Here’s a quick look at some books I’ve read in the last week or two.
They Called Us Enemy by George Takei – Graphic novels are not my usual fare, but I had to read this account by Takei (Sulu, Star Trek TOS) about his experiences as a Japanese American during WWII. I knew that the internment, ordered by FDR, was bad, but I didn’t realize how bad. Families were torn from their homes and held in horse stables, later relocated to heavily guarded camps and treated like prisoners. Even worse, many were coerced into giving up their citizenship and leaving the US for Japan, to be “legitimized” as the enemy. I was moved, angered, and heartbroken by Takei’s story. The illustrations were helpful, showing the scenes from an innocent child’s perspective, which is how he remembers it. I didn’t care for the contemporary politics at the end of the book, but that aside, I feel this is a great and important memoir.
Bilbo’s Last Song by J.R.R. Tolkien – There is not much to say about this one. It’s a very short poem with some beautiful illustrations by Pauline Baynes (of Narnia fame). Not worth buying; I read it from the library ebook collection.
My Twentieth Century Evening and Other Small Breakthroughs by Kazuo Ishiguro – Ishiguro is my favorite writer, if we’re talking about the art of writing, so I was thrilled to read his Nobel Prize address. There were some great thoughts in this little book. The main idea that stood out was his striving for three-dimensional character relationships. So not simply having a great character arc, but also multiple facets of how one character relates to others. The second fascinating idea was this quote:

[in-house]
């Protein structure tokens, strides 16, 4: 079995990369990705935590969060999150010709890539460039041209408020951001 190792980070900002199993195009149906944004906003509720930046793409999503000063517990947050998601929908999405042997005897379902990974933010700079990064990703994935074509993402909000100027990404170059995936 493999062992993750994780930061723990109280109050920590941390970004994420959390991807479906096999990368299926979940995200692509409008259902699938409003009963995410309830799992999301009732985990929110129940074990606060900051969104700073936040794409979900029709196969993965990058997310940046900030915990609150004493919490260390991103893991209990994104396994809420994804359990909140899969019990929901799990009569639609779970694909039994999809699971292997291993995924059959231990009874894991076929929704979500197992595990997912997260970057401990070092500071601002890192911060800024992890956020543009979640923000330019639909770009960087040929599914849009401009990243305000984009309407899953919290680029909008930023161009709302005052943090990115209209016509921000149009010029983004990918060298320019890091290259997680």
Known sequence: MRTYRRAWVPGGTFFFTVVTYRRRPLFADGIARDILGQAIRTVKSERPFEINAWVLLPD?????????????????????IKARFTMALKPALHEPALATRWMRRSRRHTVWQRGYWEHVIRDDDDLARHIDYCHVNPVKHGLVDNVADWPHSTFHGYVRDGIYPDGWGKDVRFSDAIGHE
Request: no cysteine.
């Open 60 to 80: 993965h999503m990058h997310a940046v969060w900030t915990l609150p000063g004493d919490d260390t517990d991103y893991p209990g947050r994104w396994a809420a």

What exactly are the memories of a nation? … Are there times when forgetting is the only way to stop cycles of violence, or to stop a society disintegrating into chaos and war? On the other hand, can stable, free nations really be built on foundations of wilful amnesia and frustrated justice?
Takei’s book re-solidified my conviction that we must avoid this “amnesia” which only remembers, say, the good things FDR did. But we must have both justice and forgiveness; neither one can stand alone.
The one thing I disliked about this speech was that, towards the end, Ishiguro made it sound like he doesn’t consider himself as a relevant author anymore. I don’t know why he would say that. I find his 20th-century Japan novels to be his best work so far and absolutely relevant to modern-day issues. I’m also looking forward to his upcoming book, Klara and the Sun.
The Setting Sun by Osamu Dazai – This was my first impression of Dazai, and I’m afraid it wasn’t good. This book has strong Southern Gothic vibes, although the setting is Japan after WWII (yes, I’m in a reading phase 🙂 ). The plot and characters are heavily nihilistic, and the female narrator left me unconvinced. I liked his writing style well enough to try more of his novels, but this one didn’t do anything for me.
The Father by August Strindberg – I read this last night and I’m still trying to figure out what the message is. It was a very bleak family drama about parental rights and identity. Very interesting historically but so depressing.
The Alchemist by Paulo Coelho – I’m sort of struggling through this little book, simply because it’s about destiny, and destiny is a topic I’ve been grappling with. I don’t know if I believe in it anymore—call it an existential crisis. Honestly the only way for me to be grounded here is to go back to Scripture, which is my next step. I plan to finish The Alchemist, but I am not sure if I’m in a good headspace to review it. 😉
Is That Kafka? 99 Finds by Reiner Stach – I was overjoyed to see my library had the ebook of Is That Kafka? Stach wrote a massive three-part biography of the man, and he presents 99 of the interesting tidbits in this book (with pictures!). So far, I’m enjoying this. It really humanizes Kafka and helps to contextualize his personality in the era he lived and his everyday life.
Well, that’s what my late October reading looked like. How about yours?